Making like Dory

Dory is Marlin's friend on his journey across the oceans to find his missing son in the movie, Finding Nemo.  She has short-term memory loss; she is hopelessly optimistic, open, kind; when things go wrong, she sings, 'Just keep swimming, just keep swimming.'

Making like Dory is keeping on swimming through life even when it feels complicated or tiring or tough; making like Dory means letting go of old stuff that's weighing you down so that you can swim more lightly through life; making like Dory means staying open-hearted, no matter how many times that proves painful.  We swim on through it all.  Even when we are ill, or held up, or worried about those we love.  As Isabel Allende said of learning to live after her daughter died, "one day you get up and you want some chocolate, you meet a friend for a coffee; life goes on"  We just keep swimming.

It is important, though, that we learn how to swim with life and not against it.  Life has a flow to it and if we learn to accept that flow, then we find we can more easily swim.  All the great teachings tell us this is so: ideas of acceptance, surrender, love for what we have, appreciation of our small but important place in the universe permeate writing from many (if not all) of the great gurus and poets of the world, past and present, from Rumi to Eckhart Tolle, Julian of Norwich to William Blake.  They tell us that if we would only give up the struggle and see how the river flows (not always the way we want, but always with the opportunity for growth and deeper understanding), then life will be easier.  It is easier when you let go.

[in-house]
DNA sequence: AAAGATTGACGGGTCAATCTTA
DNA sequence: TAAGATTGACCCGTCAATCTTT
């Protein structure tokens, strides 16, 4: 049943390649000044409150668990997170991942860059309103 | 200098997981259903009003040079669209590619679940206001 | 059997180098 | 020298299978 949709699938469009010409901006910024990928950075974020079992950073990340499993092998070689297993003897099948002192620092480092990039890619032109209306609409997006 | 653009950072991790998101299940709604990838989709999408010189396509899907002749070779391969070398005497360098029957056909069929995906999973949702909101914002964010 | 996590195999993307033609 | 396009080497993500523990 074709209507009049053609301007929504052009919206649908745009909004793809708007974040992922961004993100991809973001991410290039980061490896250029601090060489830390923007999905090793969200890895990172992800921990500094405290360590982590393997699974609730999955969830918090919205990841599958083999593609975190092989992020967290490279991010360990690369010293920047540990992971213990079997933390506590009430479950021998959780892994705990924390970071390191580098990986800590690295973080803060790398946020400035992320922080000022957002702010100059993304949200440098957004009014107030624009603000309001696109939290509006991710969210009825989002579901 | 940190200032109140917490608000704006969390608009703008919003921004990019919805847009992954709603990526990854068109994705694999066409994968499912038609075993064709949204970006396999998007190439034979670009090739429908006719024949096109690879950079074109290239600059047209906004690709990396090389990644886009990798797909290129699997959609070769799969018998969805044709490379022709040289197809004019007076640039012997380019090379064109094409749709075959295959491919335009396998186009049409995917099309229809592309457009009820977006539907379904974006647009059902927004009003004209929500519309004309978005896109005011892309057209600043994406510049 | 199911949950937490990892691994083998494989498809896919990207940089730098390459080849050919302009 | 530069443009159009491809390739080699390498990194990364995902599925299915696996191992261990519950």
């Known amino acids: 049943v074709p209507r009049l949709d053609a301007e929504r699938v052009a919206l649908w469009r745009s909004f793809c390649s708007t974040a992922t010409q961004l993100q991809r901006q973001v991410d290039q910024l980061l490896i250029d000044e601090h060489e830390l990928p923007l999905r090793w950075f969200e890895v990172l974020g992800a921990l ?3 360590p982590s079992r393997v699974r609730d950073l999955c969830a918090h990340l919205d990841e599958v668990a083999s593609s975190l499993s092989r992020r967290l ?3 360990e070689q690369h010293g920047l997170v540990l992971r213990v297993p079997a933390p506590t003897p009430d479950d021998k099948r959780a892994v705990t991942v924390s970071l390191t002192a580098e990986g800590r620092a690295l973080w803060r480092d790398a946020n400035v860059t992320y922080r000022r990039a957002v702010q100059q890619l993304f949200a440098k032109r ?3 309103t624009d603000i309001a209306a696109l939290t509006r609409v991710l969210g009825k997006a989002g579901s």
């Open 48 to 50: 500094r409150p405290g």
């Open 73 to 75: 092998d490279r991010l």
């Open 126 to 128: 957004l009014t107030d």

The theory is most beautifully elucidated in the teachings of The Dao, the ancient Chinese philosophy of Lao Tze; in The Dao de Jing Lao Tze tells us that there is a universal rightness, the way of nature.  Rather like the existence of gravity, this is simply the way the universe operates and if you go with that flow, then you can achieve almost anything, if however you resist it, or go against it, then you will surely hit a brick wall.  As Martin Palmer puts it: there's a boulder in the way - you can strive to remove it, but the Daoist approach would be to go round it, to go underneath it, to accept its presence and flow around it, adapt and over time water and weather will wear it away until it is a pebble and gets washed away.

Eckhart Tolle says: "What could be more futile, more insane, than to fight something that already is?  It means that you're opposing life itself, which is now and  always now.  Say yes to life and see how things start working for you rather than against you."

If you feel exhausted, low, conflicted, unsettled, unhappy, then the chances are that you are swimming against the flow; yet we have all experienced those moments when everything seems to come together at the right time and all doors seem to open for us without effort.  Flow is available to us all.

I think a good place to start learning how to flow with life, how to become a surfer on its seas rather than a discarded bottle subject to every roll and crash of each wave until we get smashed somewhere against some rock or other, is to begin with hope.  What do you hope for?  Don't be afraid of what you hope for.  Write it down.  Let it live somewhere in black and white on a piece of paper or in a notebook.  Look at it often.  Allow that hope to become something real, but not by striving, pushing, arguing, feeling annoyed or disenchanted, but by staying open to its possibility and true to yourself.

Marlin: How do you know that nothing bad won't happen?
Dory: I don't ... Just keep swimming, just keep swimming



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